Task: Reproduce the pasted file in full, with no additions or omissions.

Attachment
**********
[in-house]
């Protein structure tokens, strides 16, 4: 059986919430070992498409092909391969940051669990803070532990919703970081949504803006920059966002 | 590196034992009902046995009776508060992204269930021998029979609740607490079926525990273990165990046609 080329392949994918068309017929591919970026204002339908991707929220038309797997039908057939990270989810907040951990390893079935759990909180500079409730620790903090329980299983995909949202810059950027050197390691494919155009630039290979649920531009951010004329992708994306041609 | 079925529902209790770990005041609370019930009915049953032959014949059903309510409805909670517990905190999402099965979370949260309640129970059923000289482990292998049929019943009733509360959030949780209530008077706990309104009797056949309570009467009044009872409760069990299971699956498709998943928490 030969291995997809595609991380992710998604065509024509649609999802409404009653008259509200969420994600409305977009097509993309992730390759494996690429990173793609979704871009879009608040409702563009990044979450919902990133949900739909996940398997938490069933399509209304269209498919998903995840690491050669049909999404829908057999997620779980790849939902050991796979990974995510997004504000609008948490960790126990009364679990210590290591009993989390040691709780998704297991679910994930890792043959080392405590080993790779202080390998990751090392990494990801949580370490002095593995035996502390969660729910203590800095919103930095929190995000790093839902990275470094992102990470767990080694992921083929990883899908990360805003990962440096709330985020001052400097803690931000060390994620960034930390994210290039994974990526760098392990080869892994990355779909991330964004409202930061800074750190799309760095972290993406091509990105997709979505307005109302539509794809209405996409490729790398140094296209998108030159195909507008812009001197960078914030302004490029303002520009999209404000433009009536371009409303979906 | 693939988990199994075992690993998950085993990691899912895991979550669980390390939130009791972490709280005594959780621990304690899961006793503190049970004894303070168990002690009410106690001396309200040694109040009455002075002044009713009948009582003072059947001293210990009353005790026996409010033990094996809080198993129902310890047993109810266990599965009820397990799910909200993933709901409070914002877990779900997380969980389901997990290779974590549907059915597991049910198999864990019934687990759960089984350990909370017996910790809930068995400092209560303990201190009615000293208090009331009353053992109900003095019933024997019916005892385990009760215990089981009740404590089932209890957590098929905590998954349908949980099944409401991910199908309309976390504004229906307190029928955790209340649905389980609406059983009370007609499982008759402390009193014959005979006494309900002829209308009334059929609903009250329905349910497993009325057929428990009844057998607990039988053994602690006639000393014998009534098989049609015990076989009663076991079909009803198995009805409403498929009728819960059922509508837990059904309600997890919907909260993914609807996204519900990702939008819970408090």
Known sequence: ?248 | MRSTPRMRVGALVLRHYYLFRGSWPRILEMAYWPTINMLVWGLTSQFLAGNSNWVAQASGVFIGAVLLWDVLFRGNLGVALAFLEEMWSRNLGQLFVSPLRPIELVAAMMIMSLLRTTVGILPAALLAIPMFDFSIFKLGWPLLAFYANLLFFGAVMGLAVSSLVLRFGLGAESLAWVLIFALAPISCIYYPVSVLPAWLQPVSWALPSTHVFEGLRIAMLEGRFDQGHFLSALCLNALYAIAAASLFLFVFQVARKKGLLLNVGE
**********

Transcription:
[in-house]
């Protein structure tokens, strides 16, 4: 059986919430070992498409092909391969940051669990803070532990919703970081949504803006920059966002 | 590196034992009902046995009776508060992204269930021998029979609740607490079926525990273990165990046609 080329392949994918068309017929591919970026204002339908991707929220038309797997039908057939990270989810907040951990390893079935759990909180500079409730620790903090329980299983995909949202810059950027050197390691494919155009630039290979649920531009951010004329992708994306041609 | 079925529902209790770990005041609370019930009915049953032959014949059903309510409805909670517990905190999402099965979370949260309640129970059923000289482990292998049929019943009733509360959030949780209530008077706990309104009797056949309570009467009044009872409760069990299971699956498709998943928490 030969291995997809595609991380992710998604065509024509649609999802409404009653008259509200969420994600409305977009097509993309992730390759494996690429990173793609979704871009879009608040409702563009990044979450919902990133949900739909996940398997938490069933399509209304269209498919998903995840690491050669049909999404829908057999997620779980790849939902050991796979990974995510997004504000609008948490960790126990009364679990210590290591009993989390040691709780998704297991679910994930890792043959080392405590080993790779202080390998990751090392990494990801949580370490002095593995035996502390969660729910203590800095919103930095929190995000790093839902990275470094992102990470767990080694992921083929990883899908990360805003990962440096709330985020001052400097803690931000060390994620960034930390994210290039994974990526760098392990080869892994990355779909991330964004409202930061800074750190799309760095972290993406091509990105997709979505307005109302539509794809209405996409490729790398140094296209998108030159195909507008812009001197960078914030302004490029303002520009999209404000433009009536371009409303979906 | 693939988990199994075992690993998950085993990691899912895991979550669980390390939130009791972490709280005594959780621990304690899961006793503190049970004894303070168990002690009410106690001396309200040694109040009455002075002044009713009948009582003072059947001293210990009353005790026996409010033990094996809080198993129902310890047993109810266990599965009820397990799910909200993933709901409070914002877990779900997380969980389901997990290779974590549907059915597991049910198999864990019934687990759960089984350990909370017996910790809930068995400092209560303990201190009615000293208090009331009353053992109900003095019933024997019916005892385990009760215990089981009740404590089932209890957590098929905590998954349908949980099944409401991910199908309309976390504004229906307190029928955790209340649905389980609406059983009370007609499982008759402390009193014959005979006494309900002829209308009334059929609903009250329905349910497993009325057929428990009844057998607990039988053994602690006639000393014998009534098989049609015990076989009663076991079909009803198995009805409403498929009728819960059922509508837990059904309600997890919907909260993914609807996204519900990702939008819970408090």
Known sequence: ?248 | MRSTPRMRVGALVLRHYYLFRGSWPRILEMAYWPTINMLVWGLTSQFLAGNSNWVAQASGVFIGAVLLWDVLFRGNLGVALAFLEEMWSRNLGQLFVSPLRPIELVAAMMIMSLLRTTVGILPAALLAIPMFDFSIFKLGWPLLAFYANLLFFGAVMGLAVSSLVLRFGLGAESLAWVLIFALAPISCIYYPVSVLPAWLQPVSWALPSTHVFEGLRIAMLEGRFDQGHFLSALCLNALYAIAAASLFLFVFQVARKKGLLLNVGE